Just a noob trying to learn. Thanks for all the input so far.
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Old 11-22-2007, 06:27 PM   #9
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Default RE: TF Twisted Wedge top-end kit vs. RHS 200cc SB Cylinder Heads

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ORIGINAL: Xeryus

The goal is to have a lot of HP in a daily driver car. Now, I fully understand that the more work into the engine, the less "streetable" it is. But I have a broad definition of streetable and and willing to put up with more than most; i.e. lumpy cam, etc...
How are smog legal heads different than others?
Let me ask my inital question differently: what is it that makes the RHS heads (for example) better than the trick flows? Considering all the numbers are the same or similar, what really makes it better?

Just a noob trying to learn. Thanks for all the input so far.
they have the bosses at the rear of the heads for the air injection tubes!
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Old 11-22-2007, 10:41 PM   #10
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Default RE: TF Twisted Wedge top-end kit vs. RHS 200cc SB Cylinder Heads

What makes a good head other than the basics of quality, working the way it should etc, is having a high rate of flow with the smallest port possible, that essentially allows you to be able to get more air into an engine, with higher air velocities. RHS heads are good, the TF TWS heads are ok, but there's better stuff out there. The thing is, if you start going too big with stuff on a street car, you encounter a problem where the parts can flow more air than the engine does, but because all the holes are too large(intake ports, intake manifold, throttle etc) the velocity slows down, and you lose power.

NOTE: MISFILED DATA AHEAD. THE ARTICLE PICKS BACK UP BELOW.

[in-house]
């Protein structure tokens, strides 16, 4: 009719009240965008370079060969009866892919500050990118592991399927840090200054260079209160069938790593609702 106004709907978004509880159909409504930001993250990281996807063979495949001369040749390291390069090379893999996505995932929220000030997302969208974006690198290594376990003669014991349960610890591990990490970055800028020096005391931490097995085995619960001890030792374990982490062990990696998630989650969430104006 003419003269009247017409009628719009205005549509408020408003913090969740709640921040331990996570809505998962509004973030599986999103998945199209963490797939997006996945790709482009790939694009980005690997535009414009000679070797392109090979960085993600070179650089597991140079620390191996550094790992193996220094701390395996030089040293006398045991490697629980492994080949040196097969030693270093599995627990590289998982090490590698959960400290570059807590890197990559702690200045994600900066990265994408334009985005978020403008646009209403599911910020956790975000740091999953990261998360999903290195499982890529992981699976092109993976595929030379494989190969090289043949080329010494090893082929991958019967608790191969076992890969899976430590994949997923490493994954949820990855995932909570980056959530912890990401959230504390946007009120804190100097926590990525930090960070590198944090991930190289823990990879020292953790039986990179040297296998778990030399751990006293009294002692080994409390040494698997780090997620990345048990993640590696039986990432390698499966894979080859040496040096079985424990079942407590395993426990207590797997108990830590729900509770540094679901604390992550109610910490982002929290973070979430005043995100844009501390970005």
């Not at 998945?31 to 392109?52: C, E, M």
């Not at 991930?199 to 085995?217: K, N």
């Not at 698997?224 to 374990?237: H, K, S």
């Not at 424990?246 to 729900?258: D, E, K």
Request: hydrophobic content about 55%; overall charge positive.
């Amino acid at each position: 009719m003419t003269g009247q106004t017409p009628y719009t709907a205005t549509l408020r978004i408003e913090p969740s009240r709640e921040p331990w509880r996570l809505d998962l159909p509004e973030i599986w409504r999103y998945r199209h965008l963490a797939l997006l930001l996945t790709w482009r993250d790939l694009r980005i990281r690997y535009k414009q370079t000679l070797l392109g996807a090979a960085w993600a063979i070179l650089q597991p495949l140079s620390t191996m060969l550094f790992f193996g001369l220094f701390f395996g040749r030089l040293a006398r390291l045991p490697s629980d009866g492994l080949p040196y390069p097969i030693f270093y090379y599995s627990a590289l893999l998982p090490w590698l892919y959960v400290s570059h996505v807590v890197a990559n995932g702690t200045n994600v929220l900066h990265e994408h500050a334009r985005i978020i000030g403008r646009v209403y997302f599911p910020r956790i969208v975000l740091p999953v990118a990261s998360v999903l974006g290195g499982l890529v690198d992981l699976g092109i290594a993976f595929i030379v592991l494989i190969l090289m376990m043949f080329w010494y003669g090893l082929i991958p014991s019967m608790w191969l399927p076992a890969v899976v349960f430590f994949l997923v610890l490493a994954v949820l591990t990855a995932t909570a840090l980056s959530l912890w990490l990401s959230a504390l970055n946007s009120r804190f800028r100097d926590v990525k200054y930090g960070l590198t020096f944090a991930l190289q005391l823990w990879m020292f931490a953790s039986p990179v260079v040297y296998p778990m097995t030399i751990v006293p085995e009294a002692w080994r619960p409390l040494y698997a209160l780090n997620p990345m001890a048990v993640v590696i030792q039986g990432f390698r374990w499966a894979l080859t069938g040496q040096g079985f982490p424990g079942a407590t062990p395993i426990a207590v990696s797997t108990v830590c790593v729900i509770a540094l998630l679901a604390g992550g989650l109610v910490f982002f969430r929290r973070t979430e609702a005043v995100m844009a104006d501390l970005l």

As far as work going into an engine, it actually takes more work(and money) to get an engine to make power AND be streetable. It's easy to get any engine to make a lot of power if you have the money, but getting a lot of power in something that can be driven reliably on a regular basis, takes more effort.

As far as heads, there are a lot of good ones out there, and when you search start by narrowing it down to those that have the best performance characteristics, smaller ports with higher airflows, then you need to look at wuality, availability, cost, how well it will work with your application(and your application will also determine the performance level of the head you get)....all that factors in to why you get one particular head over another. There are many people who get a lower performing head because they bought it from someone for half the price they would have spent on a slightly better head, a deal too good to pass up so to speak.

For a street 302, most heads with intake ports upwards of 180ish cc range will work if you have the right gearing, with matched intake, cam etc, and the larger ports will tend to favor a blown application more. Just remember that as the ports get larger, lower rpm power drops(where you do most of your driving anyway) and mileage goes down as well, so it's also a matter of how much low end power loss you're willing to put up with, and how bad a mileage you're willing to accept.
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Old 11-22-2007, 10:41 PM